In the final analysis, the real beneficiaries of the Tribunal were the lawmen, the media, and, more tragically corruption itself. For it will blossom now among a politcal class who knows that the Tribunals have defeated our embryonic attempts at pouring domestos into the political system. From here on, the scum can thrive.
I just heard on the radio this morning that the UK bank Northern Rock has been hit by the credit crunch in the financial markets. My instant reaction was, phew, thank fuck I moved my few pound to another bank. I used to have a small savings account with NR, but when an Irish bank offered a higher rate I immediately jumped ship.
I used to be one of those suckers who stayed with the same bank through thick and thin, just sighing at bad rates and service and procrastinating about changing. Then I went to get a mortgage and I discovered that if you take them at face value they will screw you. I was told by a certain high street bank that they lend me X at Y% at best. I had banked with them for years. They said before they'd approve the loan I'd need to answer if any of my relatives had accounts with them in the past. What the? So if my old man had defaulted on a loan I wouldn't get mine approved? Pile of shite. So I shopped around and found a far better deal. I was offered more money and at a lower rate and no questions about my family's credit history. Then I rang back the first bank. Oh, they humed and hawed, and I need to talk to Dublin and I'll ring you back immediately. They rang back - we'll match the other deal. Right, so can you better it? No but we'll match it. Ok thanks bye. And ever since I change banks like I change my socks.
Anyway, back to NR. I thanked God I had jumped. But then I heared that the B of England are bailing them out. And the trio of BoE's gov Mervyn King, the chancellor, Alistair Darling, and the Financial Services Authority, have appealed for NR customers to remain calm. The message to savers - your money is safe. It will be interesting to see if savers take their word. Of course the interesting psychology here is that if customers start to think their money isn't safe, then it won't be. They'll start withdrawing producing a run on the bank and basically everyone won't get their money cos a huge percentage of it is locked up in non-liquid assets. But we'll see.
Two other things struck me about this bizarre intervention. First, like the ECB and Fed interventions earlier, it is bound to produce the condition of moral hazard. In other words, commercial and merchant banks are supposed to be best placed to assess their own risks and should run their businesses safely with the right risks and reserve ratios so that they are not over-exposed to shocks. But if they know when the shit hits the fan the central bank will bail them out then, in the cut-throat competitive market that they operate, they will be more likely to step over the red line to pull in bigger revenues. The only way to teach them not to is to refuse to bail them out by letting them fail. Of course the trouble is that the central banks and governments fear that this could spark a chain reaction that would crush the so-called real economy - ie. where people buy money not to relend it, but to build factories or roads or whatever. But perhaps the moral hazard case is overstated. NR's share price fell 20% and commentators are saying they are likely to be taken over now. In other words, by having the wrong business model and giving too many 125% loans to house buyers, they will fail. So despite the bail out, the lesson is plain for other banks.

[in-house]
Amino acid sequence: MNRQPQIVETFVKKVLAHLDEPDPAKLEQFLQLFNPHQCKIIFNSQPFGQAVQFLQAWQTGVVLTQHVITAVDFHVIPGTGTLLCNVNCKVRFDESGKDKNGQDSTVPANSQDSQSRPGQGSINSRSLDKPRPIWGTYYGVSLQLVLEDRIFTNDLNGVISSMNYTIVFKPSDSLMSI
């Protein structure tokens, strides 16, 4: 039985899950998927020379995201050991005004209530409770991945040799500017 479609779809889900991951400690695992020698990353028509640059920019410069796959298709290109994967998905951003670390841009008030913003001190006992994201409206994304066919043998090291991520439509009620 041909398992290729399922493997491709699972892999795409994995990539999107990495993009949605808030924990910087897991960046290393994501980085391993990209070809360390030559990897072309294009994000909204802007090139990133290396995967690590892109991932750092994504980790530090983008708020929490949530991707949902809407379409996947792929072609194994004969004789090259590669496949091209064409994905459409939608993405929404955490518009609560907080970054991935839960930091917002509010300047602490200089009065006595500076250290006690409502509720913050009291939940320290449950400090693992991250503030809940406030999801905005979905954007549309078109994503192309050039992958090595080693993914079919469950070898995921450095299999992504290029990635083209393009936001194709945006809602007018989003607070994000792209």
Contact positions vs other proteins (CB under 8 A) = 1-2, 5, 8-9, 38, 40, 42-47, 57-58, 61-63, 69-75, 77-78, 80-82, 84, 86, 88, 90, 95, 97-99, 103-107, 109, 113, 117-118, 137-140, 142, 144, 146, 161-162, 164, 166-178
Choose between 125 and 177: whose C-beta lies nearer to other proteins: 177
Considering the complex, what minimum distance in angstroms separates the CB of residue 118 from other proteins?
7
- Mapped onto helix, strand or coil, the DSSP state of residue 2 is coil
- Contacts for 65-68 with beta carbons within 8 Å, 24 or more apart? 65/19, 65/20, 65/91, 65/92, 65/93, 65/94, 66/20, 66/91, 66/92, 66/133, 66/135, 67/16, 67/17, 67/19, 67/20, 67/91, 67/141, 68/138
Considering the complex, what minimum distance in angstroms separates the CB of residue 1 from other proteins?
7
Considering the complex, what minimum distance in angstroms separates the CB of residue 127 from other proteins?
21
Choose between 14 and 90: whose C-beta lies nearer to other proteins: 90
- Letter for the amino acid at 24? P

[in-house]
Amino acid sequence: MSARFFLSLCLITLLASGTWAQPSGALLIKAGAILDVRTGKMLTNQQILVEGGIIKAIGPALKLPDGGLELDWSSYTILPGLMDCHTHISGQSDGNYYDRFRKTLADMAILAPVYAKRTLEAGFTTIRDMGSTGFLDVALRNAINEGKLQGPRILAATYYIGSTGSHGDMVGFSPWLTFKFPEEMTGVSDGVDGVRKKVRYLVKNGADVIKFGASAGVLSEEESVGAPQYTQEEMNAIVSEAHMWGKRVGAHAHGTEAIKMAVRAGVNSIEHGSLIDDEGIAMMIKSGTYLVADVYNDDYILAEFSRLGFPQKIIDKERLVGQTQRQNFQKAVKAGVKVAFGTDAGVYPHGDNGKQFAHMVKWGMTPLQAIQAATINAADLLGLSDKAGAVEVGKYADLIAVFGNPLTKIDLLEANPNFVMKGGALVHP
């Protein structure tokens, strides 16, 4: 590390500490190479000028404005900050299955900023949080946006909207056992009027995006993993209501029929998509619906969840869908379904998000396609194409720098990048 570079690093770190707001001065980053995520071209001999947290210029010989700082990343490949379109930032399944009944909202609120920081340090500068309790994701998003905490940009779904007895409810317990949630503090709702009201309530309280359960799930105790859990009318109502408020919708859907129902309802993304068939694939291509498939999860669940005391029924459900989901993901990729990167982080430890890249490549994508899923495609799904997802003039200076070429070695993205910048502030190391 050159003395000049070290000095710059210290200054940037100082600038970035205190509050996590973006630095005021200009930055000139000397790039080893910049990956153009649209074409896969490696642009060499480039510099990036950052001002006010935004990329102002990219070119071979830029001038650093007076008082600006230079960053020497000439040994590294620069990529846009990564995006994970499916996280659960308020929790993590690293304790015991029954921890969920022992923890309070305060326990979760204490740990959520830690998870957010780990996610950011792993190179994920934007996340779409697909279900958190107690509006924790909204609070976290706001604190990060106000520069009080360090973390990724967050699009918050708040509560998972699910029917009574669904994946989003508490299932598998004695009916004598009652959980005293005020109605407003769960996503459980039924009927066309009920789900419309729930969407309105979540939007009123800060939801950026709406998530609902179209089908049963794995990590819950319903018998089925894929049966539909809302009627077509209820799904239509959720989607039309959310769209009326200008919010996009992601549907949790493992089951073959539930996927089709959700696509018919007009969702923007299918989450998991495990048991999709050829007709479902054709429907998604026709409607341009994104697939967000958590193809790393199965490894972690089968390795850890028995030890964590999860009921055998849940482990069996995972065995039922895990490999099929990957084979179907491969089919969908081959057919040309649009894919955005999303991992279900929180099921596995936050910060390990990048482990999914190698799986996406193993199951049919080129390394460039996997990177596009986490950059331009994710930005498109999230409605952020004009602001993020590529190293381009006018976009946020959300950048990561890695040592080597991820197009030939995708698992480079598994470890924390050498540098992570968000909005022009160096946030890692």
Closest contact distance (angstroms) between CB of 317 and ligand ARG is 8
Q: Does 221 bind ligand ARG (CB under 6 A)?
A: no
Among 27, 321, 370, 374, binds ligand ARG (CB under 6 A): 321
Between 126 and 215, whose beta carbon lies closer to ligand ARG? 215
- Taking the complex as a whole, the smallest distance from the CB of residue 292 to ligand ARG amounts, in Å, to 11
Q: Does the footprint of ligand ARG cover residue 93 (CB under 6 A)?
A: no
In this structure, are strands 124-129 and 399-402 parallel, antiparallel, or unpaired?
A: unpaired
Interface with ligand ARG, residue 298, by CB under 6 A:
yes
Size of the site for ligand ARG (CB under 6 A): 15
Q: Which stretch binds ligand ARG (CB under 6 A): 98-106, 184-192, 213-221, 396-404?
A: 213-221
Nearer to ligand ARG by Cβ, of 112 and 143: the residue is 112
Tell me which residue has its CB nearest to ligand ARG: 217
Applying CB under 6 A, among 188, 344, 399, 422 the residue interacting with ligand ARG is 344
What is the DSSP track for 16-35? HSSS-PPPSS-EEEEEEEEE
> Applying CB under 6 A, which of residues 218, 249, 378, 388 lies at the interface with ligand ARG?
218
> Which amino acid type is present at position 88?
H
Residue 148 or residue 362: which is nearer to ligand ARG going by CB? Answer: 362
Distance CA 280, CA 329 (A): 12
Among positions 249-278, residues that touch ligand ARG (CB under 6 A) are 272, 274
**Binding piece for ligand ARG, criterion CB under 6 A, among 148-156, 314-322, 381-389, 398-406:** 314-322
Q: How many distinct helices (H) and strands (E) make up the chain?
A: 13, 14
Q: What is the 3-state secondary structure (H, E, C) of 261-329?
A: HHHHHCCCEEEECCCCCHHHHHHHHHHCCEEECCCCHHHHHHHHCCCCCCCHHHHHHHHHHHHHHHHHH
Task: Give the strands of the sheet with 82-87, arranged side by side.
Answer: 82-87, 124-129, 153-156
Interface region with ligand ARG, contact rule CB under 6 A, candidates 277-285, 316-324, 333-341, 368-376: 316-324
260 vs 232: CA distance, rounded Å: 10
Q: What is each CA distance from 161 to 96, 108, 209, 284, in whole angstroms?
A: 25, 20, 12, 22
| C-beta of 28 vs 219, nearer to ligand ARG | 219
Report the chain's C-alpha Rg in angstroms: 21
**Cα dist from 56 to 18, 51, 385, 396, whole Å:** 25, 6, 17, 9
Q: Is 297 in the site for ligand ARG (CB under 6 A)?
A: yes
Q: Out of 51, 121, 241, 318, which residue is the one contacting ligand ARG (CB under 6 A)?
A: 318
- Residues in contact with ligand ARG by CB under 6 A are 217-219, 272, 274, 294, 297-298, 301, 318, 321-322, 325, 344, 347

But the second issue here relates to the independence of the Bank of England. One of the first things Gordon brown did on becoming chancellor in 1997 was to grant the B of E full independence from government. The idea was that political interference just screws things up because he political leaders have their own agendas (such as survival) which may not be in the interests of the economy. But according to the Guardian the B of E's intervention was agreed with the chancellor Alistair Darling. Agreed with the Chancellor. So much for political independence.
All this illustrates a few things. First, despite all the rhetoric about free markets, when the shit hits the fan for banks, the market begs for help from government. And second, it usually gets it.
Thursday 13 September 2007
Market worshippers, turn away now. The required fixes are going to have to come, for the most part, from state intervention. The market I'm afraid has its limits and is not going to fix our services any time soon. Perhaps in the future it might, if we learn how to better harness it to our needs, and I have no objection to introducing market measures so long as certain societal objectives such as fairness can be preserved. But for the moment, if we want better schools and trains which everyone can afford, we are going to have to do two things: reform the public service, and invest more tax in the delivery of services.